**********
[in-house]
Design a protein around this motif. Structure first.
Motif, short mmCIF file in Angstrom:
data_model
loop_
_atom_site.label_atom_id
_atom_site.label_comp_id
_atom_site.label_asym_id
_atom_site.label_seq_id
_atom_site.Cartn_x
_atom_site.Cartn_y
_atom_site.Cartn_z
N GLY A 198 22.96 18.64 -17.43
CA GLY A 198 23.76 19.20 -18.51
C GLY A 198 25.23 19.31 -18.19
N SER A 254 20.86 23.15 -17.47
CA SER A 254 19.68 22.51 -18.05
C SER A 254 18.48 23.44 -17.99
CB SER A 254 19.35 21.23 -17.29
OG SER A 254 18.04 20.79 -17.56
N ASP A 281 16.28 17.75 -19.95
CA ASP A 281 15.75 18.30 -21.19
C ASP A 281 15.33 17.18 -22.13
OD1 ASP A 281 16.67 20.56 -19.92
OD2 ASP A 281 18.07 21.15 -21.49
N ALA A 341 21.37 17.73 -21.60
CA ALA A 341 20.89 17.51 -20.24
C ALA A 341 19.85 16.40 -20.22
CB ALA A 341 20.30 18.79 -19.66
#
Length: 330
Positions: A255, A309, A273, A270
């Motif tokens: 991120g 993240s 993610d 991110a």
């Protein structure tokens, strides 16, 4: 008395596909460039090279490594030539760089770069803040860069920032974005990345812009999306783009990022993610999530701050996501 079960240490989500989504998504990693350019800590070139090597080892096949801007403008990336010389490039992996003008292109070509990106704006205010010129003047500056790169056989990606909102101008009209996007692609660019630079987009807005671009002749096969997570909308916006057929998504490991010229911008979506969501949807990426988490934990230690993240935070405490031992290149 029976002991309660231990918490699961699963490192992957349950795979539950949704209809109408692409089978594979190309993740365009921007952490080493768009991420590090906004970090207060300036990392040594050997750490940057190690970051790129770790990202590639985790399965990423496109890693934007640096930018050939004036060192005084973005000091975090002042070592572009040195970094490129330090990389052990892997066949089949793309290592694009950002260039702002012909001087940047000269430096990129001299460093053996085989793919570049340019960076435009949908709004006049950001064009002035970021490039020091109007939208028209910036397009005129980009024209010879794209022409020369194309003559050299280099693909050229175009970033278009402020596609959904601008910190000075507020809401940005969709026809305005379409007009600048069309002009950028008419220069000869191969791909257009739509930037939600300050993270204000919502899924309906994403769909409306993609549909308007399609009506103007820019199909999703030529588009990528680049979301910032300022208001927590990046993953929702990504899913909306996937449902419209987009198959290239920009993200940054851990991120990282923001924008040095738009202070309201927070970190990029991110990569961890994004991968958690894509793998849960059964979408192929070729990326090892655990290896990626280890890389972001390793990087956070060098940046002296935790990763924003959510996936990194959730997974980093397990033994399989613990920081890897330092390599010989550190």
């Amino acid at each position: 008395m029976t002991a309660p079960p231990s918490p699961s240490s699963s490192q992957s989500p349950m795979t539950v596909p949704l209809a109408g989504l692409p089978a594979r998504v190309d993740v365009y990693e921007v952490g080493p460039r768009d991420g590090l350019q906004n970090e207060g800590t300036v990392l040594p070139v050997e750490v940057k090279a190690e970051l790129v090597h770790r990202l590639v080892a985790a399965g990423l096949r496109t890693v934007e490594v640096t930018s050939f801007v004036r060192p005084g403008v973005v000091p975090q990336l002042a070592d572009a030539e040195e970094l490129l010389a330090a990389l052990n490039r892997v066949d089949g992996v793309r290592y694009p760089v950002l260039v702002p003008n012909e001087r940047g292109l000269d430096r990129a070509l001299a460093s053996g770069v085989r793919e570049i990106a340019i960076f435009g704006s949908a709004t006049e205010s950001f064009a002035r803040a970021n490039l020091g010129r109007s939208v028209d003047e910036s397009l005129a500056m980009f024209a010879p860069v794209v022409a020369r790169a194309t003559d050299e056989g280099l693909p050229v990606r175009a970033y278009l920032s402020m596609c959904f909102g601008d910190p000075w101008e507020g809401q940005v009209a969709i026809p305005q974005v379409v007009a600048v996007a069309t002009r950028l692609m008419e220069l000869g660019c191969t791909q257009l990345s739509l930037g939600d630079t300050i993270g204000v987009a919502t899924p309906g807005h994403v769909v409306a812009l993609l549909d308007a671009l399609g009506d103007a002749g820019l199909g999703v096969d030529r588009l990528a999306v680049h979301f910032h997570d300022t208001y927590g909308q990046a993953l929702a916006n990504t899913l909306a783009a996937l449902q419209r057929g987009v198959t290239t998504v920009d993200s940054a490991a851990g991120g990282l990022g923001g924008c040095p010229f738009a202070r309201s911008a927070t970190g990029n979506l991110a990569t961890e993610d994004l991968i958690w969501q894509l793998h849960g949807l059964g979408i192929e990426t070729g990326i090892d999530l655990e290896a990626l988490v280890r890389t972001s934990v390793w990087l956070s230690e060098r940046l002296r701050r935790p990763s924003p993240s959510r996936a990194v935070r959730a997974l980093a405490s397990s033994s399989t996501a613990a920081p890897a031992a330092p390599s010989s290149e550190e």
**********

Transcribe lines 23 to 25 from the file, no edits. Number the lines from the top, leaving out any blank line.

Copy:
C ASP A 281 15.33 17.18 -22.13
OD1 ASP A 281 16.67 20.56 -19.92
OD2 ASP A 281 18.07 21.15 -21.49